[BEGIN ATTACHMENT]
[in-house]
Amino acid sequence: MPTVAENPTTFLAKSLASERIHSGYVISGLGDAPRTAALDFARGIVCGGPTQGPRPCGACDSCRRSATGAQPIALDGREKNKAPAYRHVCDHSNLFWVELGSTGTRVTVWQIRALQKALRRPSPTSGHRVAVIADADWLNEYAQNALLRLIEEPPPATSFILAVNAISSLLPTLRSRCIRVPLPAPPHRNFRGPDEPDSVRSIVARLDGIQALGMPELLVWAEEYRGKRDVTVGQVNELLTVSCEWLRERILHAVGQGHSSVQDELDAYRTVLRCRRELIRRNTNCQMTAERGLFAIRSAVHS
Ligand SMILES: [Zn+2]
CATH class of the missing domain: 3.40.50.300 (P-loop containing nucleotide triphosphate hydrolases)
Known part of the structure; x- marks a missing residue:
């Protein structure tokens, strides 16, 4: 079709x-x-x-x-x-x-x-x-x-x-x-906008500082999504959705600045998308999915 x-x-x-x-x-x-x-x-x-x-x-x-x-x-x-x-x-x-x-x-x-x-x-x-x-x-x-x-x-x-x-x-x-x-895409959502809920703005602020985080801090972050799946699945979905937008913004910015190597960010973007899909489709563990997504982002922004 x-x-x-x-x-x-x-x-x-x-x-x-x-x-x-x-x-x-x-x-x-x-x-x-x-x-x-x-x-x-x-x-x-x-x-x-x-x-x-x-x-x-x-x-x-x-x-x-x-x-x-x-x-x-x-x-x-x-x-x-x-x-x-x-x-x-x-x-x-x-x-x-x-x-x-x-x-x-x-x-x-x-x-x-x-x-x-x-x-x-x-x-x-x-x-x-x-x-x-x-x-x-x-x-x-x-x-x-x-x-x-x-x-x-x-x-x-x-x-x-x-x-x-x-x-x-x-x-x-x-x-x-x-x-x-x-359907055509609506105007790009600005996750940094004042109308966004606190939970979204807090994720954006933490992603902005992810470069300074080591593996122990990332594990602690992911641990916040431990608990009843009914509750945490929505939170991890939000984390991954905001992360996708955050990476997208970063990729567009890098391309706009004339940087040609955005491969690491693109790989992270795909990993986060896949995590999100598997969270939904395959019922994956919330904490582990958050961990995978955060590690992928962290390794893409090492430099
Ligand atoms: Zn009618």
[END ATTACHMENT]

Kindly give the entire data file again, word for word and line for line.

[in-house]
Amino acid sequence: MPTVAENPTTFLAKSLASERIHSGYVISGLGDAPRTAALDFARGIVCGGPTQGPRPCGACDSCRRSATGAQPIALDGREKNKAPAYRHVCDHSNLFWVELGSTGTRVTVWQIRALQKALRRPSPTSGHRVAVIADADWLNEYAQNALLRLIEEPPPATSFILAVNAISSLLPTLRSRCIRVPLPAPPHRNFRGPDEPDSVRSIVARLDGIQALGMPELLVWAEEYRGKRDVTVGQVNELLTVSCEWLRERILHAVGQGHSSVQDELDAYRTVLRCRRELIRRNTNCQMTAERGLFAIRSAVHS
Ligand SMILES: [Zn+2]
CATH class of the missing domain: 3.40.50.300 (P-loop containing nucleotide triphosphate hydrolases)
Known part of the structure; x- marks a missing residue:
């Protein structure tokens, strides 16, 4: 079709x-x-x-x-x-x-x-x-x-x-x-906008500082999504959705600045998308999915 x-x-x-x-x-x-x-x-x-x-x-x-x-x-x-x-x-x-x-x-x-x-x-x-x-x-x-x-x-x-x-x-x-x-895409959502809920703005602020985080801090972050799946699945979905937008913004910015190597960010973007899909489709563990997504982002922004 x-x-x-x-x-x-x-x-x-x-x-x-x-x-x-x-x-x-x-x-x-x-x-x-x-x-x-x-x-x-x-x-x-x-x-x-x-x-x-x-x-x-x-x-x-x-x-x-x-x-x-x-x-x-x-x-x-x-x-x-x-x-x-x-x-x-x-x-x-x-x-x-x-x-x-x-x-x-x-x-x-x-x-x-x-x-x-x-x-x-x-x-x-x-x-x-x-x-x-x-x-x-x-x-x-x-x-x-x-x-x-x-x-x-x-x-x-x-x-x-x-x-x-x-x-x-x-x-x-x-x-x-x-x-x-x-359907055509609506105007790009600005996750940094004042109308966004606190939970979204807090994720954006933490992603902005992810470069300074080591593996122990990332594990602690992911641990916040431990608990009843009914509750945490929505939170991890939000984390991954905001992360996708955050990476997208970063990729567009890098391309706009004339940087040609955005491969690491693109790989992270795909990993986060896949995590999100598997969270939904395959019922994956919330904490582990958050961990995978955060590690992928962290390794893409090492430099
Ligand atoms: Zn009618």